By Charlsy Panzino
The Solano County (Calif.) Chapter wanted to connect with and help younger servicemembers, so members asked the Military and Family Readiness Center at Travis Air Force Base to identify its highest needs. The response was child care, children with special medical needs, and financial education.
The chapter was already holding board meetings at the center and had given them support out of the chapter’s treasury in the past, so they had a relationship with the center, said Col. Steve Vancil, USAF (Ret), vice president of programs for the chapter. A Community Outreach Grant from The MOAA Foundation helped expand the chapter’s support.
Child care came in as the highest priority for the base’s family readiness center, Vancil said.
“It’s a problem nationally, and it’s an even bigger problem in California because of the high cost and [strict] regulation,” he said. “For young military families, it’s almost a devastating problem.”
Travis AFB provides child care but not enough for all those who need it, so the base began recruiting families willing to open up their homes for child care. The center then helps those families with the required state certification to become a child care provider, Vancil said.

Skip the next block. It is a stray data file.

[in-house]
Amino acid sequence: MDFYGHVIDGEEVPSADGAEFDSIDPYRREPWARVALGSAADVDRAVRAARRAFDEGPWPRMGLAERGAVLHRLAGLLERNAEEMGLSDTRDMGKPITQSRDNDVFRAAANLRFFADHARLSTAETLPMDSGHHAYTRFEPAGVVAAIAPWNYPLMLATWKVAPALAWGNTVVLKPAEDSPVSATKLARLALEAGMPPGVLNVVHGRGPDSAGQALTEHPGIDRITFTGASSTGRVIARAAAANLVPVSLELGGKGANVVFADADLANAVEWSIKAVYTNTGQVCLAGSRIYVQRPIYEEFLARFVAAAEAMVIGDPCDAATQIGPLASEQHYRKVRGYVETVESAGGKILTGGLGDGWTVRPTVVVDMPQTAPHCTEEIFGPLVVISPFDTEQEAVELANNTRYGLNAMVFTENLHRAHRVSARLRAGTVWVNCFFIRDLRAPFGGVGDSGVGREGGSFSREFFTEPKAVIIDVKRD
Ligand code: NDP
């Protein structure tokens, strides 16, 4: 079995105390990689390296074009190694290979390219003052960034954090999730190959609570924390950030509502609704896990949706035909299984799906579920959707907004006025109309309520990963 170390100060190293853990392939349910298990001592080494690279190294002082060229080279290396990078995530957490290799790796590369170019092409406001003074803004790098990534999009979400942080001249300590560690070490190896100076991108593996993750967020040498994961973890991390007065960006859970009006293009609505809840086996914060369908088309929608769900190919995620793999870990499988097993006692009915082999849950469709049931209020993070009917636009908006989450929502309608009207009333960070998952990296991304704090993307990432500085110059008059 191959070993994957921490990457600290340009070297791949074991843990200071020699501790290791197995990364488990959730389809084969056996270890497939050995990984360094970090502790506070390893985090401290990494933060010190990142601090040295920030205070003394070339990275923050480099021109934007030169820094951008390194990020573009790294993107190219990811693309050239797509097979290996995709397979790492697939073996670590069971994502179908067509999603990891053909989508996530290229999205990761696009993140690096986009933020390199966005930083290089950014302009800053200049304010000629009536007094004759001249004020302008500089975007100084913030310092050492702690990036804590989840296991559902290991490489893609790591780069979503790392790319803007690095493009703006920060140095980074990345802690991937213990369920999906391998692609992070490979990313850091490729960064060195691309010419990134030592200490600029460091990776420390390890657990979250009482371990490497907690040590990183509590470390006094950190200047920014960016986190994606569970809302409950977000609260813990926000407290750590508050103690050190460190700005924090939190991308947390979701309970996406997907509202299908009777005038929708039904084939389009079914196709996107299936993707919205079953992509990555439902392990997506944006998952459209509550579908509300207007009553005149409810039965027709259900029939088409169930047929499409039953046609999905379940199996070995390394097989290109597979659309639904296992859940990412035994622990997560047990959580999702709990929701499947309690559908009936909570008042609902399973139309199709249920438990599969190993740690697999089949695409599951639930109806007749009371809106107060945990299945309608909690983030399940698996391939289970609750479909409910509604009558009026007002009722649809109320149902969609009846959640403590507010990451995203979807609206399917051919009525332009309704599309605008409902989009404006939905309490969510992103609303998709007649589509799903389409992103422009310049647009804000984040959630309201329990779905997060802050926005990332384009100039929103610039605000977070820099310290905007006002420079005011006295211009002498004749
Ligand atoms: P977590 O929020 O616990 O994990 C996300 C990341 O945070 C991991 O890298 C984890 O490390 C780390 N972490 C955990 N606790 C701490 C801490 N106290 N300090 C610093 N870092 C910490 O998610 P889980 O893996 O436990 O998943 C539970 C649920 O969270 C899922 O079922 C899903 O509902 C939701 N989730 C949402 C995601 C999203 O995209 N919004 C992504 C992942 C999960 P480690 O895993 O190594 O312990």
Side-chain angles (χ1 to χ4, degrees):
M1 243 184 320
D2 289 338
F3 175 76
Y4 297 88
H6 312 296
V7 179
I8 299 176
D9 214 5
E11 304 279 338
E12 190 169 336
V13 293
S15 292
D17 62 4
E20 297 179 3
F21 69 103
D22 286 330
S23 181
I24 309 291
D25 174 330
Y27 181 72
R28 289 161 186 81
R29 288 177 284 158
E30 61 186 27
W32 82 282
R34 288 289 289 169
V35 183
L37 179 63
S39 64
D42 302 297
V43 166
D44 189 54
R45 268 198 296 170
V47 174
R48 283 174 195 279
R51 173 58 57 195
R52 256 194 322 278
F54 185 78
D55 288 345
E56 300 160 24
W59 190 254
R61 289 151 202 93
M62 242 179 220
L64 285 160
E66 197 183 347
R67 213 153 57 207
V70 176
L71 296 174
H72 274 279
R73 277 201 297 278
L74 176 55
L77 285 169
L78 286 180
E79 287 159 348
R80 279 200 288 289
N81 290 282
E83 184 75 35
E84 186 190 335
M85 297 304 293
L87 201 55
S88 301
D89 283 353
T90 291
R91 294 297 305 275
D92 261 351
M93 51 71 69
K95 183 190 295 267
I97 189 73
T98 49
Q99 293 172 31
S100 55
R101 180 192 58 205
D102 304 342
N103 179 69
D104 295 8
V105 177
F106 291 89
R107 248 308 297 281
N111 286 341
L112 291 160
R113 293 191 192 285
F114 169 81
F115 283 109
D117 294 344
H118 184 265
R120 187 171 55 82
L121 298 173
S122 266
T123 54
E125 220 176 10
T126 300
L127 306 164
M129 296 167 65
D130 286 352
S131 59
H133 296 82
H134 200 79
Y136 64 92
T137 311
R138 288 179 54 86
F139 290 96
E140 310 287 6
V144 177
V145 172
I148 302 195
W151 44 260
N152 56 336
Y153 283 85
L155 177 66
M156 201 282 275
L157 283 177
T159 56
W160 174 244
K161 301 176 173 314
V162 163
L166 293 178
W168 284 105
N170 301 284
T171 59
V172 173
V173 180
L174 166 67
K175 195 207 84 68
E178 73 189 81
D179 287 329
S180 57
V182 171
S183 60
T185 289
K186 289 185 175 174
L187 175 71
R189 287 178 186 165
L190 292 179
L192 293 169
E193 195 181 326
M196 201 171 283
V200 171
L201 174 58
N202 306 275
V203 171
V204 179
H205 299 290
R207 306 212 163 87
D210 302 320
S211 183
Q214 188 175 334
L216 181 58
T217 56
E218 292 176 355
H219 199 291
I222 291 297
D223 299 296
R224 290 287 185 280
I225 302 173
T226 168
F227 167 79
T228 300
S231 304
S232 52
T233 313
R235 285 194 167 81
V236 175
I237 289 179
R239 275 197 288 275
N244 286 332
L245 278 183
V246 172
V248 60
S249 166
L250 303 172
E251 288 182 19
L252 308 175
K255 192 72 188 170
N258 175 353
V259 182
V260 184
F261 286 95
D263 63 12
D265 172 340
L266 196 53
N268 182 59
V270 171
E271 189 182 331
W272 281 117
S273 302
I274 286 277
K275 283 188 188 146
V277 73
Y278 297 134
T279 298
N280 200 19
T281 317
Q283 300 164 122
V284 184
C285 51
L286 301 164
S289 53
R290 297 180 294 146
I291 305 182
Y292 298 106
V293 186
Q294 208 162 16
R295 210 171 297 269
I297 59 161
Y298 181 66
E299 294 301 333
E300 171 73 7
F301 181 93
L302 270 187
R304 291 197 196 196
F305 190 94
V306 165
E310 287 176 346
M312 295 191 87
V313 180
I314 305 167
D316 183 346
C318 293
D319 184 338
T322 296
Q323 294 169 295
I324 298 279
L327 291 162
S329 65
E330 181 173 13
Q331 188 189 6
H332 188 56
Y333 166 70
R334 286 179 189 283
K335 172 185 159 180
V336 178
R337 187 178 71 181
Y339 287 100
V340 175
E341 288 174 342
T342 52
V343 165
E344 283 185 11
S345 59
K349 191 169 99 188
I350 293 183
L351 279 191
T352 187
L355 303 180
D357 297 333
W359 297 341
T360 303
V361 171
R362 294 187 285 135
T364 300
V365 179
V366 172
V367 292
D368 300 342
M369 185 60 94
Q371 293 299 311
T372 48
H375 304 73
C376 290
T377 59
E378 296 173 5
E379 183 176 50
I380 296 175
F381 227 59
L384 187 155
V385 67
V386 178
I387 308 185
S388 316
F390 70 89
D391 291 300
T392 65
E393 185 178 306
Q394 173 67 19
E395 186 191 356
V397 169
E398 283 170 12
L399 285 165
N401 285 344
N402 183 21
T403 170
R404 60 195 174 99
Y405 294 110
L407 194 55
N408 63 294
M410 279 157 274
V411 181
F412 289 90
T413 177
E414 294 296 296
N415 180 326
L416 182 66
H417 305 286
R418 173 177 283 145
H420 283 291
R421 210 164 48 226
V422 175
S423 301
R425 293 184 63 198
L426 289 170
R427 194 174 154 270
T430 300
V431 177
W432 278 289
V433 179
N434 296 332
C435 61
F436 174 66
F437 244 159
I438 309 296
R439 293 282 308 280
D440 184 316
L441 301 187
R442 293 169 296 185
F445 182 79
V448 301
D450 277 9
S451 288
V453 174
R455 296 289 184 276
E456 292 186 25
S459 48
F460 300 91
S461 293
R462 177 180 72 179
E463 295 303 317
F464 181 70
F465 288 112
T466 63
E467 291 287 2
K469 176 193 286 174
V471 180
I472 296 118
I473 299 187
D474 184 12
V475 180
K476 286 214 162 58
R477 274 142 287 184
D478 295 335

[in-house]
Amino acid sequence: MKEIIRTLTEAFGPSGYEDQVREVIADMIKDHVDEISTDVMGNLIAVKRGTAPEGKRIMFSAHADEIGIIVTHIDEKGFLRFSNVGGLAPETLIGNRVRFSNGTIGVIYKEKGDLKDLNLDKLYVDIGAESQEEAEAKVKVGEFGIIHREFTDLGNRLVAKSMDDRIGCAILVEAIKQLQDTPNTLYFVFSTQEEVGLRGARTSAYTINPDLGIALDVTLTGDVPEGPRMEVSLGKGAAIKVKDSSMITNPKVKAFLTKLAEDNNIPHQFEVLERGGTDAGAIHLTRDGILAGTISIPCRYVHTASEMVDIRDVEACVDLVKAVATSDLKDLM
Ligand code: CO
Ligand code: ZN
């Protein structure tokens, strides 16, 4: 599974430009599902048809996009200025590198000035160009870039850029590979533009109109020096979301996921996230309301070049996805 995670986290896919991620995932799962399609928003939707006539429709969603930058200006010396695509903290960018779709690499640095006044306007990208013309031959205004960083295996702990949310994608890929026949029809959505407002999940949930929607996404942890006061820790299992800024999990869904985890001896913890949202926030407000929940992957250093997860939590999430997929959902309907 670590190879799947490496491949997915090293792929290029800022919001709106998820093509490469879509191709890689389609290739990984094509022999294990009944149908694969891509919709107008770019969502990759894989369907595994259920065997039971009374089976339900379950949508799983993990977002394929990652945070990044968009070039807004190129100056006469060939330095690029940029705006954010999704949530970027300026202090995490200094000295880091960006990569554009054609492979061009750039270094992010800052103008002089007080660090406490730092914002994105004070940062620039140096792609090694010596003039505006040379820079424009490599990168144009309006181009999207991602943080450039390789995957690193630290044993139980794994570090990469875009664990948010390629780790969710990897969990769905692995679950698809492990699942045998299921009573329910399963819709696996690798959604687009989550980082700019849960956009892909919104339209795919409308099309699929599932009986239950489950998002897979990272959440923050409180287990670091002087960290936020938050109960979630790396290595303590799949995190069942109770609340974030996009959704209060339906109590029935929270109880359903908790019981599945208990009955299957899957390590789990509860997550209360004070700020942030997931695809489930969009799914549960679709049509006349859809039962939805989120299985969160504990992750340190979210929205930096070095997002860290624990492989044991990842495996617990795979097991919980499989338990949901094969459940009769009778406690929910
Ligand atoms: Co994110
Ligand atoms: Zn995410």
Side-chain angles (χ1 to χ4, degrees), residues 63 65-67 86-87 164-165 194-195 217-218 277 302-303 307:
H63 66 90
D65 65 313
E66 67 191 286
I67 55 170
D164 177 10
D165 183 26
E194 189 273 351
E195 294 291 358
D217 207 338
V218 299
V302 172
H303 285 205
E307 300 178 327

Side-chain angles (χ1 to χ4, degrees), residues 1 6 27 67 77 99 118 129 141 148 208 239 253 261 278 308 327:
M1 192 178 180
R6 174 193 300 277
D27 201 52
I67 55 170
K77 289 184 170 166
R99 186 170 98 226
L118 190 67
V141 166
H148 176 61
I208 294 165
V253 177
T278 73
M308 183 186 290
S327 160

Part of the chapter’s grant will go toward helping military families who want to be providers with the cost of certification, which includes liability insurance and home inspection.
The second priority was for families with children with special medical needs. Travis AFB has the largest Air Force hospital, and many airmen request the base because they have a child with special medical needs, Vancil said, adding these families have extra medical expenses as well.
The family readiness center’s Exceptional Family Member Program helps these families by paying for some of the extra travel to other specialized hospitals in Northern California, and the chapter will use part of its grant to help pay for meals and gas.
Personal financial readiness was the third top priority for the center. The chapter will help the center with educational materials and events, along with buying $25 gift cards so airmen can buy food when an unexpected expense pops up and they still need money for basic necessities.
“Many of the young airmen are new out of high school, they’re kind of new to adult life, and they don’t understand managing finances really well,” Vancil said.
Charlsy Panzino is a writer based in Idaho.